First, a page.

Japan has many jobs to offer foreigners, in various sectors and at different levels. It is estimated that foreigners make up roughly 1% of the total Japanese workforce with the number and percentage increasing steadily.
They work as language teachers, entertainers, convenience shop attendants, market researchers, IT professionals, expatriates in senior positions and last but not least in top management with Carlos Ghosn, CEO of Nissan Corporation, being one of the most visible and celebrated example. The list of jobs carried out by foreigners is almost endless but let's look at some of the job opportunities in more detail.
・Foreign Salaried Employees
・Convenience shop attendants and waiters/waitresses
a) Foreign Salaried Employees
Increasingly, Japanese companies have begun to realize that it makes sense to hire foreigners alongside their Japanese staff. International blue-chip companies like Toyota, Fujitsu, Sony and others have been doing this for many years and now the movement has caught on with other large corporations and even some small and medium sized firms.
In order to be hired as a regular employee (sei-shain) or contract employee (keiyaku shain) a high Japanese language level is often required. Why? Almost all Japanese corporations use Japanese as their working language at headquarters. In order to communicate you need Japanese. In order to consume the wealth of information available in writing you need Japanese. Thus companies often request that the job seeker has at least reached level 2, preferably level 1 of the Japanese proficiency exam.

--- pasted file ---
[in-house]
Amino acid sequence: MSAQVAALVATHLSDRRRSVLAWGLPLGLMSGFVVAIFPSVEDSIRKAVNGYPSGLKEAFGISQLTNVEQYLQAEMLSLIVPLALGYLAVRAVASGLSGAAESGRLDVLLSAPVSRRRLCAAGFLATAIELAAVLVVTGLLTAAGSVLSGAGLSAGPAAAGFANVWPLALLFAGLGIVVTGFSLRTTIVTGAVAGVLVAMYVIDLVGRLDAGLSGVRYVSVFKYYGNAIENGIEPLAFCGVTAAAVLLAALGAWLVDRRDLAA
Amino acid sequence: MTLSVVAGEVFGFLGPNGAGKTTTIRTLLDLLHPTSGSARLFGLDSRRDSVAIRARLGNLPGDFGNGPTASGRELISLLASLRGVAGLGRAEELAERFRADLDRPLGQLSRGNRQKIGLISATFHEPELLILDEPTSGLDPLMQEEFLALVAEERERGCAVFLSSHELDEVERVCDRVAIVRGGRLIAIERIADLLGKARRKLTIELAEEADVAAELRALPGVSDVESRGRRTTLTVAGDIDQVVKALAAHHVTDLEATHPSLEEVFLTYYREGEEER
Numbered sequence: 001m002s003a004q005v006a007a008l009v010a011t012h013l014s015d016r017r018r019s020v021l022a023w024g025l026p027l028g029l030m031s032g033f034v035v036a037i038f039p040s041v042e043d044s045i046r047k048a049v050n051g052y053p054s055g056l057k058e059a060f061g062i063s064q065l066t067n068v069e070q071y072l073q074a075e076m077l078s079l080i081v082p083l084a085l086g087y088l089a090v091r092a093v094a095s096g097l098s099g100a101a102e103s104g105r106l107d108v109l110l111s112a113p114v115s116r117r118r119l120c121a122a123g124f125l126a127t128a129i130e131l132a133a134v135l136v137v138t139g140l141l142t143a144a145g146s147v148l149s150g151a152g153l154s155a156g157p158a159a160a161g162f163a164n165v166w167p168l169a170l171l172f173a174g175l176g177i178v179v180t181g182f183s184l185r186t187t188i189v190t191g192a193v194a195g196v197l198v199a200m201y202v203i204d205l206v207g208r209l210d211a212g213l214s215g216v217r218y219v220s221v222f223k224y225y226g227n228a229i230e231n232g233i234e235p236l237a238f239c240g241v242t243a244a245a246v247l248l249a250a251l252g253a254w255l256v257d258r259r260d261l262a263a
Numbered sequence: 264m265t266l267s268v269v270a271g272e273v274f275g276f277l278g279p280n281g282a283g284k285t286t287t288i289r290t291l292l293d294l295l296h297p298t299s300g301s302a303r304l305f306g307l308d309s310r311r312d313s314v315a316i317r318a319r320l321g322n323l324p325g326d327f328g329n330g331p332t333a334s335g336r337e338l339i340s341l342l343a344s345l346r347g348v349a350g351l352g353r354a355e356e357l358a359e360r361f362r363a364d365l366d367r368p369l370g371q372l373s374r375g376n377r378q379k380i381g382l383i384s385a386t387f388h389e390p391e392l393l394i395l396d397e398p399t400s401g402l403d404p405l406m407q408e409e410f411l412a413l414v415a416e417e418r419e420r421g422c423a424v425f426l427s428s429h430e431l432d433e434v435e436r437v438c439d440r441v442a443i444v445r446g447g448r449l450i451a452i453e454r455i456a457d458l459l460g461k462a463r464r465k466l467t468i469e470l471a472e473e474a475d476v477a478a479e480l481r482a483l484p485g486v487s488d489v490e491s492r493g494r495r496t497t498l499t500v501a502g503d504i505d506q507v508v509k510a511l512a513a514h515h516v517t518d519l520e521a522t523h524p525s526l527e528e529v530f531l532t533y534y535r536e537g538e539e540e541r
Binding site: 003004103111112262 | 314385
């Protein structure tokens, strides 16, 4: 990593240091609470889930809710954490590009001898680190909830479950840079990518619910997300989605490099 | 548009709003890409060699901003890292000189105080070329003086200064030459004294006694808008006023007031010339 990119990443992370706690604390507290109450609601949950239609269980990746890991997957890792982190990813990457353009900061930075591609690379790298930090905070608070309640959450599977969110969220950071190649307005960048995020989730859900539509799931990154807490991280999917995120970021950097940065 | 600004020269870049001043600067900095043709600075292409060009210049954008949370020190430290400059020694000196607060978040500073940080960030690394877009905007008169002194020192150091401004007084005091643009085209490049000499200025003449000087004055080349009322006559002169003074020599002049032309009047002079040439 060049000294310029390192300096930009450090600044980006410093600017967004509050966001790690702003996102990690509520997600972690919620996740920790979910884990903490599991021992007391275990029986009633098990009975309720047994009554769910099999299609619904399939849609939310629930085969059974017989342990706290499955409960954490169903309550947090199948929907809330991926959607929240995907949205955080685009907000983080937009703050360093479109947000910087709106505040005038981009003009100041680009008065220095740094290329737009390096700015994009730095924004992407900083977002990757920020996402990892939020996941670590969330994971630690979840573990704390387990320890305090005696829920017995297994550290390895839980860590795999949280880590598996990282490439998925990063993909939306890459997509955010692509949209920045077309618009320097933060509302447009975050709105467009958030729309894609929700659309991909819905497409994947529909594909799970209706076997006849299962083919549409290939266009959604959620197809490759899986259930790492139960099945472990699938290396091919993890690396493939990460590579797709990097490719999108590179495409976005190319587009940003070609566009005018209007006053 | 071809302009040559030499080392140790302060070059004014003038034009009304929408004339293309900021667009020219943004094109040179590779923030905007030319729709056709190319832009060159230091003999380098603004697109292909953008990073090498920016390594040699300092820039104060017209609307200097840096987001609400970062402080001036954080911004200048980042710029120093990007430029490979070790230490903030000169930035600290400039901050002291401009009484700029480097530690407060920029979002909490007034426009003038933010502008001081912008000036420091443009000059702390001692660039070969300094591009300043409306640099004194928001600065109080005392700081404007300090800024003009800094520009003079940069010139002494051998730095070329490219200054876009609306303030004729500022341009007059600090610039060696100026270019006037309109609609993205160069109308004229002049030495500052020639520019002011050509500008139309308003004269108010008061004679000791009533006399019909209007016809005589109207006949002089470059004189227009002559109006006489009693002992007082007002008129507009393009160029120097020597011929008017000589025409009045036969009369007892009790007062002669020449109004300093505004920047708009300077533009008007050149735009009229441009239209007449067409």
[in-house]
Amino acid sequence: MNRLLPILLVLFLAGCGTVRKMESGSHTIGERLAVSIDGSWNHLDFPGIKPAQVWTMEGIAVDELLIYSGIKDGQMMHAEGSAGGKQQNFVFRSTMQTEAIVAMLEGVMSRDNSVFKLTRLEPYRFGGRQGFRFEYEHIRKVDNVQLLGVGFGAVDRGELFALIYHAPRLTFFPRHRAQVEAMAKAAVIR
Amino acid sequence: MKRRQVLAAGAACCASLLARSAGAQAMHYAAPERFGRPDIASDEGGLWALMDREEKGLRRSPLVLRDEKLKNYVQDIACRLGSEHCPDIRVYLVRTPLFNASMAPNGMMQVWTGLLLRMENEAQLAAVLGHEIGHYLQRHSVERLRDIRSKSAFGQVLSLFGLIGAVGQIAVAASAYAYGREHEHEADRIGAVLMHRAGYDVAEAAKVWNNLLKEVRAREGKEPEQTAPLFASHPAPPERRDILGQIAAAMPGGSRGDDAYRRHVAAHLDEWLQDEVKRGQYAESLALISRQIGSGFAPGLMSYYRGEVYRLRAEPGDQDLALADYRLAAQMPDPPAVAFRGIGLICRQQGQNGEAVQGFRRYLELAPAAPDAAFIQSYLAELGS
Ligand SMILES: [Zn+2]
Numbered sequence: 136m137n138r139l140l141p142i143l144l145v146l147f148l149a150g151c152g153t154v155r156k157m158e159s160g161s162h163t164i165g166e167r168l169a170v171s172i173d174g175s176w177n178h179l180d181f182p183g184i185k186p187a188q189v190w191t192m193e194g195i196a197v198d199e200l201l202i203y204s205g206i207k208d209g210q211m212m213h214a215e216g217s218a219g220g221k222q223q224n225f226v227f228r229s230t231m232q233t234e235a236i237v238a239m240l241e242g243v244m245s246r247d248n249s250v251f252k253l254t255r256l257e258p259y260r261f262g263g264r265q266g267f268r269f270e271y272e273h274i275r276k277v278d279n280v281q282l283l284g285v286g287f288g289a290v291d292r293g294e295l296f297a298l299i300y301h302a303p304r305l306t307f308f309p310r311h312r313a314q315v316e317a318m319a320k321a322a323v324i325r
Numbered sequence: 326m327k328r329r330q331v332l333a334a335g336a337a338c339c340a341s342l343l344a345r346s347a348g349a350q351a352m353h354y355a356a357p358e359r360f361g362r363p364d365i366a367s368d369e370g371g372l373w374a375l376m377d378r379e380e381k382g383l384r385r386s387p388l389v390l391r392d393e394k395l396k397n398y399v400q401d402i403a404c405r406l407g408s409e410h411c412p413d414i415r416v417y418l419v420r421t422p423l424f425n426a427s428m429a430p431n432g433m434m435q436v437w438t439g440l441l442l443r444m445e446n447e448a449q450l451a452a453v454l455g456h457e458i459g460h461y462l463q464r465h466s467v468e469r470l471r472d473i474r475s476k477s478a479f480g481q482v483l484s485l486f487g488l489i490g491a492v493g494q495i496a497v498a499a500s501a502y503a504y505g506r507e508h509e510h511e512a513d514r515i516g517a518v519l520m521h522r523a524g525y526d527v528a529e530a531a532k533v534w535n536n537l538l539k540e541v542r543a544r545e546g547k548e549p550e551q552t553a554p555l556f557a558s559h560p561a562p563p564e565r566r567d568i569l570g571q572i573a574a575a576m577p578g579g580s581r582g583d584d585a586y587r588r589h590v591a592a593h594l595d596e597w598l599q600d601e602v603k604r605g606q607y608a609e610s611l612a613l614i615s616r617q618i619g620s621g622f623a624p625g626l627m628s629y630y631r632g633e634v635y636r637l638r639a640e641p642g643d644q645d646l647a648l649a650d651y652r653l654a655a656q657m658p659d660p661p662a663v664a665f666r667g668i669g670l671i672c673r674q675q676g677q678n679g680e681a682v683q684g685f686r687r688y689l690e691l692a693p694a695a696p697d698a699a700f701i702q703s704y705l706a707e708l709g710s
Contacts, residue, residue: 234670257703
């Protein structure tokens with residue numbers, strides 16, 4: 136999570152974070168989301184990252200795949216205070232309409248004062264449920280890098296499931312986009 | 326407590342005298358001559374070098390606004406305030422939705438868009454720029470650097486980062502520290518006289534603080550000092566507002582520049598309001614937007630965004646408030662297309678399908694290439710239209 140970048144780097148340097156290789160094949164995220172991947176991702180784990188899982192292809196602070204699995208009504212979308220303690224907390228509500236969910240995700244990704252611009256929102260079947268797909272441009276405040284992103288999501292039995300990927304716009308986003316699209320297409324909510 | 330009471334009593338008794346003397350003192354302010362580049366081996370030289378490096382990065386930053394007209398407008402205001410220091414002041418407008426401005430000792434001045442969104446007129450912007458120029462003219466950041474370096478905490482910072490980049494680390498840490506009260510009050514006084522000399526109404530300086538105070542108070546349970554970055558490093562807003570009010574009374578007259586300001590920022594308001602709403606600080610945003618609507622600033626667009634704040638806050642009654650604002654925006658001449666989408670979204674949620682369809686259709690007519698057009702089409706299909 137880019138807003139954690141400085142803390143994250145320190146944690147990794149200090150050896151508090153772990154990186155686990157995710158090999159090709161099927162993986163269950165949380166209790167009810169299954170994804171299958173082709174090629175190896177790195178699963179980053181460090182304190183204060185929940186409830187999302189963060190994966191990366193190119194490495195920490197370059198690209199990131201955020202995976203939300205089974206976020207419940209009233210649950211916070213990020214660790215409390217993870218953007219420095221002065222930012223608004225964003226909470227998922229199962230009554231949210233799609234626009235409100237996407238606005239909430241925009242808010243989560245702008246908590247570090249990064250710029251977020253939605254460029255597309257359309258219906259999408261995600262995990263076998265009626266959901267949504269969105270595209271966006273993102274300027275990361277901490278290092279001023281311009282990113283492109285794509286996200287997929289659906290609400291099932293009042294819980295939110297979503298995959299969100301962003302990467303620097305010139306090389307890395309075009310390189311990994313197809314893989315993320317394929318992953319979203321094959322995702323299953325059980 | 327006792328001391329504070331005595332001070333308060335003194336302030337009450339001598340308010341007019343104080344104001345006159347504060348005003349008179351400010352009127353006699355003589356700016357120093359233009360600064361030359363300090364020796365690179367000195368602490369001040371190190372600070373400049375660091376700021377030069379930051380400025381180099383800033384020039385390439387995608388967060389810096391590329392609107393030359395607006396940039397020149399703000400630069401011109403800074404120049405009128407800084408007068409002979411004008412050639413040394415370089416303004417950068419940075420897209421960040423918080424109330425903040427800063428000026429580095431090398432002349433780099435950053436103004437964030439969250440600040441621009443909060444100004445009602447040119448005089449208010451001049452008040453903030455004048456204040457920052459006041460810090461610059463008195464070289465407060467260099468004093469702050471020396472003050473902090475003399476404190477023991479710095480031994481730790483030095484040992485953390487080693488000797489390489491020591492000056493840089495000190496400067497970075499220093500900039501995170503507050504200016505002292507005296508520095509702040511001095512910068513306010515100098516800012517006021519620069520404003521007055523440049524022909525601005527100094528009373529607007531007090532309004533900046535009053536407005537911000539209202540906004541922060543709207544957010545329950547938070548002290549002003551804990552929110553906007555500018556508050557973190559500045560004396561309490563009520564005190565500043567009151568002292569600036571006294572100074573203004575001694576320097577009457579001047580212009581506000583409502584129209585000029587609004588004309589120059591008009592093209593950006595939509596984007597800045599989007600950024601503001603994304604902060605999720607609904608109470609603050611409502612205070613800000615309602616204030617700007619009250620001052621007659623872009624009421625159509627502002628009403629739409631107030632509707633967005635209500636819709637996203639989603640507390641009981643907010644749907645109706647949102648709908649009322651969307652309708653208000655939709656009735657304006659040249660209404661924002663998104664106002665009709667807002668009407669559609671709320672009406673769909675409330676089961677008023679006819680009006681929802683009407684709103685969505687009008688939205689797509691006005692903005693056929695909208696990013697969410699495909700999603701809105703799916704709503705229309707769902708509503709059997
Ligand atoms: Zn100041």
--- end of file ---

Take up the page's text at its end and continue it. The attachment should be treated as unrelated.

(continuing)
b) IT professionals
IT professionals are a category of their own. This is evident from the fact, that you have executive search companies and dispatch agencies solely focused on this sector.
Unique to the IT sector, the Japanese language requirement is waived or even non-existent for some positions. Why? People are hired primarily for their programming skills and not their Japanese interaction skills. Nevertheless, it's always an advantage if you speak the language.
c) R&D positions
To get access to the latest technological developments and brain power, bigger Japanese corporations are gradually opening their doors to foreign researchers.
d) Language teachers
Teaching languages continues to be one of the most popular and easy to get jobs for foreigners in Japan. Contrary to common belief, a teaching qualification is not always required. Many schools simply require a native command of the language. And as schools are constantly on the lookout for teachers, even that requirement has often been downgraded to "native-level". Meaning if you command a decent level of English, even if it's not your mother tongue you are still eligible for many teaching positions so do not hesitate to apply if it says "native-level". Nevertheless, compared to the 80's and 90's the language schools have become more concerned about teaching qualifications. Teaching positions are not just limited to the big five language schools - Nova Co., GEOS Corp., AEON Corp., ECC Co. and Berlitz - that occupy 25% of the market. There are countless medium and smaller-sized schools all trying to get a piece of the JPY 700 billion plus market. And last but not least, many foreigners teach languages in the form of private lessons be it as a side-job or their main activity. Hourly wages start around JPY 1,000 and can go up all the way to JPY 6,000. The average tends to be around JPY 2,500. Many of these lessons take place in fast food joints or coffee shops.